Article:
On several occasions during the public hearings, members and staff of the congressional committees remarked about the extraordinary failure of many witnesses to remember key events involved in the investigation.

Rear Adm. Poindexter, whose memory was legendary among his fellow Navy officers, was perhaps the the most frequent user of the phrase, "I can't recall." Meese, McFarlane, North, and several of the CIA witnesses also often had trouble recalling major incidents in which they had participated.

Lt. Col. Earl, North's deputy at the NSC, an Annapolis graduate and former Rhodes scholar, repeatedly failed during his four private depositions to remember events unless they were covered by notes he had made when they occurred. Even then, Earl had trouble recalling what he meant by disconnected phrases he had written down. Meese too could not reconstruct events or meetings beyond the notes that were taken at the time by his assistants. In his testimony, Poindexter came right out and said it: "If you've got a memo, maybe I can remember it . . . ."

Memory lapses were particularly important in the congressional investigation because, as North, Poindexter, Earl, and Secord all testified, they had destroyed key documents relating to the matters under investigation.

Even when participants have recalled events and conversations, they have often been contradicted by other participants' recollections. A case in point is a brief meeting on Nov. 25 or 26 (the participants have conflicting memories) involving North, Earl and Craig Coy, another North deputy. North had just been fired and was visiting Earl and Coy in their offices to say goodbye. During that conversation, North told them the president had telephoned him soon after the announcement that he'd been dismissed.

Earl, whose memory often failed him on other points, clearly recalled this conversation. He even told the committees who stood where when it took place. He said North "confided that one of the things the president said in the phone call was that he, the president, recognized, or that it was important that he, the president, not know -- words to that effect. I don't have the exact quote."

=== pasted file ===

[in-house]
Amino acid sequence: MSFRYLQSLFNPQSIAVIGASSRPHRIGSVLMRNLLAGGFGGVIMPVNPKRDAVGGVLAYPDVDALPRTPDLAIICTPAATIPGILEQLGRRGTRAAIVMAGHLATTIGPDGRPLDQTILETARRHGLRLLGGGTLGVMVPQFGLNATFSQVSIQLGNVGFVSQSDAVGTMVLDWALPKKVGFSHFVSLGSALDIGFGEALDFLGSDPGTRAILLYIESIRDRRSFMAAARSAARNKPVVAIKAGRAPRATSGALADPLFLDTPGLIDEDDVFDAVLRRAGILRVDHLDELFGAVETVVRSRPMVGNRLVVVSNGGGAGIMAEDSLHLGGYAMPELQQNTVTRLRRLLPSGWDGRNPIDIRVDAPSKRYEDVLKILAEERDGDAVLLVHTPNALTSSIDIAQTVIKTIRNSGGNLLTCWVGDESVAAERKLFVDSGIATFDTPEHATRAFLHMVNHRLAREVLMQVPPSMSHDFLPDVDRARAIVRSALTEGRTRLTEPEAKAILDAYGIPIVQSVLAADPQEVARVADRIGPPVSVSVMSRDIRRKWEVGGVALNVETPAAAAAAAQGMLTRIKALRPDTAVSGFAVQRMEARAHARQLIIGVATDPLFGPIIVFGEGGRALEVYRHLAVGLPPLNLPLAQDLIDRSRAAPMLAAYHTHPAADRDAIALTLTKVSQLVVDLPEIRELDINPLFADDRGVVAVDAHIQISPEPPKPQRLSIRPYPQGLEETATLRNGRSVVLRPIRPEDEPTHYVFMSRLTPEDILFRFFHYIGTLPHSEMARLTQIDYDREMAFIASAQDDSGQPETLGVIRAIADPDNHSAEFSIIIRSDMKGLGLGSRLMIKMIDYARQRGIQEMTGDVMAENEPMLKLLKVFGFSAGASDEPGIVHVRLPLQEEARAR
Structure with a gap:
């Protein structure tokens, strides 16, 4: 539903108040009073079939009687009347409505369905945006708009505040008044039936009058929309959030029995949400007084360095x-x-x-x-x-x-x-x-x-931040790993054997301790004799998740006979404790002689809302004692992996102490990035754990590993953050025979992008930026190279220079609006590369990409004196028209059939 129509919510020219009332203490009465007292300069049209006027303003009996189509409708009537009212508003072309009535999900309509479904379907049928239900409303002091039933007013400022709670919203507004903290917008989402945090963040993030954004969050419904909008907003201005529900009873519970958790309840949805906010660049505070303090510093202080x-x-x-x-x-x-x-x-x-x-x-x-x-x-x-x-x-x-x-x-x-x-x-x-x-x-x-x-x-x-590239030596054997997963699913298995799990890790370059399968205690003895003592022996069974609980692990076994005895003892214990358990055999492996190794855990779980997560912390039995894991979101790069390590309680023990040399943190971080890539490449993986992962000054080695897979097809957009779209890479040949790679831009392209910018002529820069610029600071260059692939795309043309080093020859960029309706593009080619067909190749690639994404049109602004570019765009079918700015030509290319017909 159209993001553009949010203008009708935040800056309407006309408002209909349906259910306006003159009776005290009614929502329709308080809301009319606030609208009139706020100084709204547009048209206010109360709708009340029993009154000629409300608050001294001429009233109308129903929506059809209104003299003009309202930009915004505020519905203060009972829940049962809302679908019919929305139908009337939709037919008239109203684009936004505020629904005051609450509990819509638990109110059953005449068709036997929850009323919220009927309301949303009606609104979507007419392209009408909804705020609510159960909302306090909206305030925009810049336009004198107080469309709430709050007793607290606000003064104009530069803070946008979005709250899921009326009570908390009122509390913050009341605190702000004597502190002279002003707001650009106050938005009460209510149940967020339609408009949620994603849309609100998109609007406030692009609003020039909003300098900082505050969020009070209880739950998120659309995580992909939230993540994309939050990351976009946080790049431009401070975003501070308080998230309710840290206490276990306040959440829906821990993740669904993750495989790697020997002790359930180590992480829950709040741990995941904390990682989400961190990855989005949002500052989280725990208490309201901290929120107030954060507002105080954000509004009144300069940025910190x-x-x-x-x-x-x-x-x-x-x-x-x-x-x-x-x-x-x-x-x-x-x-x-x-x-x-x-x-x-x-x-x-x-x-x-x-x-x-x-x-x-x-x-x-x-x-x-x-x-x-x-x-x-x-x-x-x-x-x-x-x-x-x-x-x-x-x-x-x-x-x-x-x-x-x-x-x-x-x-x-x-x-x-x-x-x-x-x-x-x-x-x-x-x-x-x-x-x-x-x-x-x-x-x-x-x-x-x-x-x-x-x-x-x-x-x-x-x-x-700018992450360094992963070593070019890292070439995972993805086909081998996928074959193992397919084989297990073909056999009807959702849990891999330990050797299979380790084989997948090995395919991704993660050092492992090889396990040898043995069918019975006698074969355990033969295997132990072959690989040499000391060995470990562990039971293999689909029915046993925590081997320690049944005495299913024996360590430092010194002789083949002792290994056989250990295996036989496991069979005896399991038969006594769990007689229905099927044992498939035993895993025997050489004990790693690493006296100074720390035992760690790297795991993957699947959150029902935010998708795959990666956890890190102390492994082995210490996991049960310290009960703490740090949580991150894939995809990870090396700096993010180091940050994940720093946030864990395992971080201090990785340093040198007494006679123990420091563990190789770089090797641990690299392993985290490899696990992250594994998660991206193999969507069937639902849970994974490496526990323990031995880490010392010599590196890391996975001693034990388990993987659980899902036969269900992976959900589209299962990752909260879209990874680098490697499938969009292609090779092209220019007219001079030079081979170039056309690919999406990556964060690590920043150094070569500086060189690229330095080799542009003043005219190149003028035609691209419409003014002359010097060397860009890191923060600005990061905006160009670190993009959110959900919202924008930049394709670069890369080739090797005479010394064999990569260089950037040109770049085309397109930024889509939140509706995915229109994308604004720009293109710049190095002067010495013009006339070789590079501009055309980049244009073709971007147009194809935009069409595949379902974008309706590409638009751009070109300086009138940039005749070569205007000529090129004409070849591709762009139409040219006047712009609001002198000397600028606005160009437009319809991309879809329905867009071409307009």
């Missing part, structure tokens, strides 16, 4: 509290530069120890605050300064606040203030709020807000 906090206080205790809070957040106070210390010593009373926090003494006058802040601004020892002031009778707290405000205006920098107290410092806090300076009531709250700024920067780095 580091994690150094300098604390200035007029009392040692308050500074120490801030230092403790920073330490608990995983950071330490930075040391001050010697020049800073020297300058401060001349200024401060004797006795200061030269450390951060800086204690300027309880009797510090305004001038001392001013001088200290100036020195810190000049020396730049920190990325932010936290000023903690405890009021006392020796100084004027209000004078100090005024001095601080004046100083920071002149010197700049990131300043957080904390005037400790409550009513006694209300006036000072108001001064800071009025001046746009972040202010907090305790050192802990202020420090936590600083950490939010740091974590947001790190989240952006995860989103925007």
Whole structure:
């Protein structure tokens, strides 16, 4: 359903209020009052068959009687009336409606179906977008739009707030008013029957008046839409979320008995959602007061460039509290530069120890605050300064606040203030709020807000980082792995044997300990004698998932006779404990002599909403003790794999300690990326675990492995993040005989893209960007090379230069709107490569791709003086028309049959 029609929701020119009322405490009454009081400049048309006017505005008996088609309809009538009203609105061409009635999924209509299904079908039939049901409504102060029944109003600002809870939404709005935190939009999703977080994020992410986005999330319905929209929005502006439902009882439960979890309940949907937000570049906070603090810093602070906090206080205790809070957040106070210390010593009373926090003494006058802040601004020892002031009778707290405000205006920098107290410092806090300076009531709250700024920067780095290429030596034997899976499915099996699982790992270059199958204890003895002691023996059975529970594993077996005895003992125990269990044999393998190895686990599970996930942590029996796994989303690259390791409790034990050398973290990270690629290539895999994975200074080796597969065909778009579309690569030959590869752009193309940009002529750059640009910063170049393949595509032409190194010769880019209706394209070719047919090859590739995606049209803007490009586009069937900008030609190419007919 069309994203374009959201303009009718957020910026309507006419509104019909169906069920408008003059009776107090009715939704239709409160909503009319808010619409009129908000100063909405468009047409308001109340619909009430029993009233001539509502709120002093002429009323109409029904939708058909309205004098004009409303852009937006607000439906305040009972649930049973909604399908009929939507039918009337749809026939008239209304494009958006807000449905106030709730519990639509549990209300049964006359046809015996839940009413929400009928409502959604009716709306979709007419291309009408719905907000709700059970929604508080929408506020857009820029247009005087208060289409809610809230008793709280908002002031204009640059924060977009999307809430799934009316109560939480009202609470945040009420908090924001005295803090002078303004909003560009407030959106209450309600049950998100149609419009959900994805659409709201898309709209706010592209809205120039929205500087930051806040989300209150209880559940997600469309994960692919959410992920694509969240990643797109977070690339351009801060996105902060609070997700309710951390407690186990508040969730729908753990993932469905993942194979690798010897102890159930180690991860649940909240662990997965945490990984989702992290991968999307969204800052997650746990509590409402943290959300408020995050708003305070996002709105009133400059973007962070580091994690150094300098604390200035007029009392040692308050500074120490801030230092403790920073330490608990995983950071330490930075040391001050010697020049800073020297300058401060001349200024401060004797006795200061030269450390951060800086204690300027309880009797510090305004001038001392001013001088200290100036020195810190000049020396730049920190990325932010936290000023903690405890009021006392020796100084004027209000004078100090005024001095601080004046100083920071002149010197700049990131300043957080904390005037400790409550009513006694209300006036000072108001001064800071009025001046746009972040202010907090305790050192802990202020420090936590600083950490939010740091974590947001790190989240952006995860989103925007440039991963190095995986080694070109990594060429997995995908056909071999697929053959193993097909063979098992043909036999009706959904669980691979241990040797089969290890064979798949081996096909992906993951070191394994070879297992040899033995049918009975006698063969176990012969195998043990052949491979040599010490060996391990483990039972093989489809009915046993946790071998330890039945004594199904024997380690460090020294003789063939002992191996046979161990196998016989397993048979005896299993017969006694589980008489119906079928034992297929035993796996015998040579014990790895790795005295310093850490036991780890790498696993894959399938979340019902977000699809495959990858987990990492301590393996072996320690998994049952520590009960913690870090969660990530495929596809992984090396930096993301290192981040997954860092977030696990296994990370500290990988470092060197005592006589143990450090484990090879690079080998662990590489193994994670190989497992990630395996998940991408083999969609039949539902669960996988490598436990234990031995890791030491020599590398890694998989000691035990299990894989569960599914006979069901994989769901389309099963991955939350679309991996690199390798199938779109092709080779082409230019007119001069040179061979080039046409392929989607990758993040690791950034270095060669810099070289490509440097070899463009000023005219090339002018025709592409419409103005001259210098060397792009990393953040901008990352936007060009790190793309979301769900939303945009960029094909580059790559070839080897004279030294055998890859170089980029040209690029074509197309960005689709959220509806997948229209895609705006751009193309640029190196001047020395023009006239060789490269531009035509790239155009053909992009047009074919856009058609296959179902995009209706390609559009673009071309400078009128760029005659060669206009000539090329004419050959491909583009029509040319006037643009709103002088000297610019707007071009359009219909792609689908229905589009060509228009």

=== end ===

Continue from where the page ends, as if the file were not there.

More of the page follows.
Under questioning, Earl said he understood this to mean that the president was talking about the diversion, and had said that he "could not know as opposed to didn't know" about it. In other words, Earl said, the president was passing North a message "or that he was relaying that some people around {the president} were saying, had made the observations, that this thing you don't know about."

North testified that Earl had remembered their conversation incorrectly. The president had told him only that "I didn't know," North said.

With a discrepancy as important as that, the memory of the third party in the conversation took on added importance. But Coy couldn't remember.

"I've scoured my brain," Coy told the committees in his deposition, "trying to find the little brain cell in there that may have heard something like that, but I can't find it."

As for Earl's version, "That sounds too much like a Watergate-James Bond kind of thing," Coy said. "I think I would have recalled something like that, and it just didn't strike me as anything like that in the conversation."

The president did not testify to the congressional committees, but he too had memory problems in his sessions with the Tower special review board. At his first meeting with the board on Jan. 26, the president said "that sometime in August he approved the shipment of arms by Israel to Iran," according to the Tower report -- although he was unsure of the precise date.

On Feb. 11, after reviewing the matter with chief of staff Regan, the president told the board that "Regan had a firm recollection that the president had not authorized the August shipment in advance," according to the board report.

Nine days later, the president wrote former senator John G. Tower (R-Tex.), chairman of the panel:

"In trying to recall events that happened 18 months ago, I'm afraid that I let myself be influenced by others' recollections, not my own . . . . The only honest answer is to state that try as I might, I cannot recall anything whatsoever about whether I approved an Israeli sale in advance or whether I approved replenishment of Israeli stocks around August 1985. My answer therefore and the simple truth is, I don't remember -- period."

Staff researcher Michelle Hall contributed to this report.